I have tried several guidelines for letter spacing and the one published by the Bazen agency works with many popular typefaces. It will be a good starting point for you, but you can always apply additional settings:
- H1 — 96px — -1.5%
- H2 — 60px — -0.5%
- H3 — 48px — 0%
- H4 — 34px — 0.25%
- H5 — 24px — 0%
- H6 — 20px — 0.15%
- Subtitle — 16px — 0.15%
Body text with space between letters
If you’ve ever read about letter spacing, you’ve probably seen this popular wisdom from typographer Frederic Goudy: “Anyone who used lowercase letter-spacing would steal sheep.” (There is an argument that it was only referring to black letter fonts.) Some designers took it as a strict rule and now never set letter spacing in lowercase text.
Based on my practice and looking at the work of designers, I cannot agree with Goudy, because sometimes small changes can make a big difference to the performance of your text. Take, for example, condensed fonts. At a small size, the letters are too close to each other, which leads to poor readability. By increasing the letter spacing by 1.5%, you will see that the text is now easier to read.
If we look at my example above, in the guidelines for “Roboto” and “San Francisco” typefaces, the letter spacing is applied to the body text; even though San Francisco has a dedicated “SF Pro Display” for headlines and “SF Pro Text” for body text, letter spacing is still used to refine them.
There are many different typefaces and one rule does not apply to all. Experiment with letter spacing and do what feels right for you. There are a few simple guidelines that will guide you in the right direction, especially when working with body text:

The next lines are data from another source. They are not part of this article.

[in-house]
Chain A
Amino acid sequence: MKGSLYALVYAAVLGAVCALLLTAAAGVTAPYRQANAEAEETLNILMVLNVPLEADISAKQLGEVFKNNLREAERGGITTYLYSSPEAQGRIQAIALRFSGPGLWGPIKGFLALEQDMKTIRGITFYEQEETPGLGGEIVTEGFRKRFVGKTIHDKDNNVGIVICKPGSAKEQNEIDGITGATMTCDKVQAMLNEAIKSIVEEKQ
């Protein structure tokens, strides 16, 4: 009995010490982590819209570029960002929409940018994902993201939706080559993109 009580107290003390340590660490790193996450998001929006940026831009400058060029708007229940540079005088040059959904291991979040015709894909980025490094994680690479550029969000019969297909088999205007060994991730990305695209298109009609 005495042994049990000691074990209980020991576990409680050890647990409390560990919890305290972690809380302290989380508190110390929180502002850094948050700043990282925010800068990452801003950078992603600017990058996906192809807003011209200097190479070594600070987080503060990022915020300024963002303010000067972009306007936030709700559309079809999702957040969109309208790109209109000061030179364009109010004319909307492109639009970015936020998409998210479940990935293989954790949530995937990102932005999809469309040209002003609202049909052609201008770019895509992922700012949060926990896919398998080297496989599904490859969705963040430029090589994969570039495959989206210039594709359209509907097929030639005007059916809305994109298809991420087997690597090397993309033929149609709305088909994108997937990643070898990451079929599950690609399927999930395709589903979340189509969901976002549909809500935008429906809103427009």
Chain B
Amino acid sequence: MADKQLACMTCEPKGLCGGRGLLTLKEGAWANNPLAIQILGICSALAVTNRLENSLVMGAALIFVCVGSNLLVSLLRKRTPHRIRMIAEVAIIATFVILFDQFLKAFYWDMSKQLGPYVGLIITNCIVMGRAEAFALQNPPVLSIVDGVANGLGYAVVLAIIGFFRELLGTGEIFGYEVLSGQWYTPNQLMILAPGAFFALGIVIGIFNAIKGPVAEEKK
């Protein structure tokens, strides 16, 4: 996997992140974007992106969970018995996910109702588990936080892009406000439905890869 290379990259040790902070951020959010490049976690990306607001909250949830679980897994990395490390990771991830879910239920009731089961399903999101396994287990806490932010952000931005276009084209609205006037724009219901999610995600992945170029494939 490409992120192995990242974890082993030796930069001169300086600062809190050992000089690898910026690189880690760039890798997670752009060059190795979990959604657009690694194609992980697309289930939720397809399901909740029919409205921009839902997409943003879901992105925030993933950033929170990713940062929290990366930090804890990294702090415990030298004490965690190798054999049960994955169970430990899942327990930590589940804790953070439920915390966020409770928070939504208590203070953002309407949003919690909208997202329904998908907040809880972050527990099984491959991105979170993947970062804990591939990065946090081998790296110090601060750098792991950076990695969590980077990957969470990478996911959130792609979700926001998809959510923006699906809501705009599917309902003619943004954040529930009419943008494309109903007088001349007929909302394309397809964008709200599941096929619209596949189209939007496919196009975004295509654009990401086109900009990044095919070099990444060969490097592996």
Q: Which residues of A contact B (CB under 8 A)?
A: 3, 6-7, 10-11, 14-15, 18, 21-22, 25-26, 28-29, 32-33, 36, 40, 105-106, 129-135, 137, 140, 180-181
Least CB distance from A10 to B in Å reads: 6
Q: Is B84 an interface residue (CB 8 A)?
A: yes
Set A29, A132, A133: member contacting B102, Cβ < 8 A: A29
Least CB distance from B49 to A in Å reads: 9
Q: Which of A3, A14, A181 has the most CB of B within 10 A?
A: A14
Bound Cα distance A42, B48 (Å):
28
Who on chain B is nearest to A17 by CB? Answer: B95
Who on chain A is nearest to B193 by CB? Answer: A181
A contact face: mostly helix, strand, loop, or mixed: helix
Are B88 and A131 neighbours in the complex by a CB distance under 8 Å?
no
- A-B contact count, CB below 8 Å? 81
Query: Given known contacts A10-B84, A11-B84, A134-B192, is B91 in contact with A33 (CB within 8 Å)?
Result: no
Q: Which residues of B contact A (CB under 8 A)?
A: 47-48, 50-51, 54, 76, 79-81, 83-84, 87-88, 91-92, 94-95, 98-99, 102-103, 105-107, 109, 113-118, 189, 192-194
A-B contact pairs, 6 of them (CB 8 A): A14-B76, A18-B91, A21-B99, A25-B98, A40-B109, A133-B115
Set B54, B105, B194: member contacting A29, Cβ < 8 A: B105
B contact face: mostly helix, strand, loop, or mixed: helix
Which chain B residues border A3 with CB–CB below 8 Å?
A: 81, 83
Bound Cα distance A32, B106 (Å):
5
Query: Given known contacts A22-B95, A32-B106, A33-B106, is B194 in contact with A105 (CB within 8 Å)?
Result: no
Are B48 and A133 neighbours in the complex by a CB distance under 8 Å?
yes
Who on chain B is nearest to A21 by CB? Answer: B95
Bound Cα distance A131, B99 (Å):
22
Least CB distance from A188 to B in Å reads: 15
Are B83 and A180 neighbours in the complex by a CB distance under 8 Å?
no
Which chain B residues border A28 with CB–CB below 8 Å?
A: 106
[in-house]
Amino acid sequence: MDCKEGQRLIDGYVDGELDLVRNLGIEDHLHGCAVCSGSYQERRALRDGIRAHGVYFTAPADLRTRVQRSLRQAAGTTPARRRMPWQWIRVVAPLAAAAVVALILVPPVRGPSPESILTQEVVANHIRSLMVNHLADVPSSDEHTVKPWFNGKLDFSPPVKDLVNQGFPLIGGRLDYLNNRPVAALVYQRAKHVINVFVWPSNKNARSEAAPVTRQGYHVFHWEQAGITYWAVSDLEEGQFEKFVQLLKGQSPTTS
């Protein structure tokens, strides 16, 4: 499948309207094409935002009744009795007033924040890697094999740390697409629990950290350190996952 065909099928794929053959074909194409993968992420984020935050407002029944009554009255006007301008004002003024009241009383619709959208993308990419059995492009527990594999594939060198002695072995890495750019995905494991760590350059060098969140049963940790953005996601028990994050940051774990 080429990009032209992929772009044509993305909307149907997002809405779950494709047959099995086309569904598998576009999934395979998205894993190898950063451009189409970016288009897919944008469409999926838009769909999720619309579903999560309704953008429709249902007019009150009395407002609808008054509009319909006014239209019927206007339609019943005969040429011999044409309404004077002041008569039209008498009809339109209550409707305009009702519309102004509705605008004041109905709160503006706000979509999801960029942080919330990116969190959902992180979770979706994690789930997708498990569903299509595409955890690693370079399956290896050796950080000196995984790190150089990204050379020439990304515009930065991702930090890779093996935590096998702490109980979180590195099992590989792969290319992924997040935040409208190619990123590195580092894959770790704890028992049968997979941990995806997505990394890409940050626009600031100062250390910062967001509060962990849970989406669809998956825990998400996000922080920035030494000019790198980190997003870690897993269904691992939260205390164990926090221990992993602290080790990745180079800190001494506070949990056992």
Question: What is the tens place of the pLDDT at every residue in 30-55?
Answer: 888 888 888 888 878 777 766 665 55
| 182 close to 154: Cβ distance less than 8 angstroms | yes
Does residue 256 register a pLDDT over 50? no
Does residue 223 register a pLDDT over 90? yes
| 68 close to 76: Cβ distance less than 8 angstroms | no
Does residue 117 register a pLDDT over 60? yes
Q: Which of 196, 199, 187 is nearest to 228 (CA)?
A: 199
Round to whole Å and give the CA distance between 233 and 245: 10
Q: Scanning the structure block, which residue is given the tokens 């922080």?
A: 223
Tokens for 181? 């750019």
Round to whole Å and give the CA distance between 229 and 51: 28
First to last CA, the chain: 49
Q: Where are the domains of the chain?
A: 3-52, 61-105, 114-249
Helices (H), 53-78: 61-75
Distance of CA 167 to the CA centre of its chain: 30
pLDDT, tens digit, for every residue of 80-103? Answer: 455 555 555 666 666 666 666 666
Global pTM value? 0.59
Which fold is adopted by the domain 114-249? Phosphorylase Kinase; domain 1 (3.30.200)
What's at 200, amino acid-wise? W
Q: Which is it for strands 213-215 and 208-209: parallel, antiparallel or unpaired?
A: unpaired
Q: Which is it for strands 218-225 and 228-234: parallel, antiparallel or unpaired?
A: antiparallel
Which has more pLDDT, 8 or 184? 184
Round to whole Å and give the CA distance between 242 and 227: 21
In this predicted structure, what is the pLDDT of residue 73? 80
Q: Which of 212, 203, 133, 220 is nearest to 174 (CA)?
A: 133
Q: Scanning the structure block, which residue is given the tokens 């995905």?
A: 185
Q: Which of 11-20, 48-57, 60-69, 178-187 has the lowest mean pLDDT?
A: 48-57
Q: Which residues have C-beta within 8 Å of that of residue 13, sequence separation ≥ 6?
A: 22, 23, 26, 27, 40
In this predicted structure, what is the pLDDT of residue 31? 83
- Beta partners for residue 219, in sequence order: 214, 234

PLEASE NOTE THE LINE HEIGHT
If you have a line-height greater than 120%, the negative letter-spacing will most likely result in an unbalanced appearance of the paragraph. To refine it, you would need to keep it at 0% or just increase it slightly.
CLEAR TEXT ON DARK BACKGROUND
On a dark background, white text is overexposed and therefore the letters appear too tight. To make it more readable, I suggest increasing the letter spacing a bit.
GENERAL VALUES OF THE BODY TEXT
You can use the following guidelines for body text, which I have tested with various fonts:
- Body 1 — 16px — 0.5%
- Body 2 — 14px — 0.25%
Unlike headings and body text, smaller font sizes don’t have much variation in letter spacing. It is common practice when font size is less than 13 px to increase the spacing between letters to make it legible. But there are always exceptions (the “SF Pro Text” guidelines suggest using positive letter spacing only when the font size is 11 px or less). Be sure to experiment with the settings.
You can use the following values as a starting point and then edit them as appropriate for the font you choose:
- Caption — 12px — 0.5%
- Overline — 10px — 1.5%
One of the things that helped me improve my typography skills was looking at other designers and especially type foundries. When decoding their work, you may notice some nuances in how they treat typography and it will help you in future projects.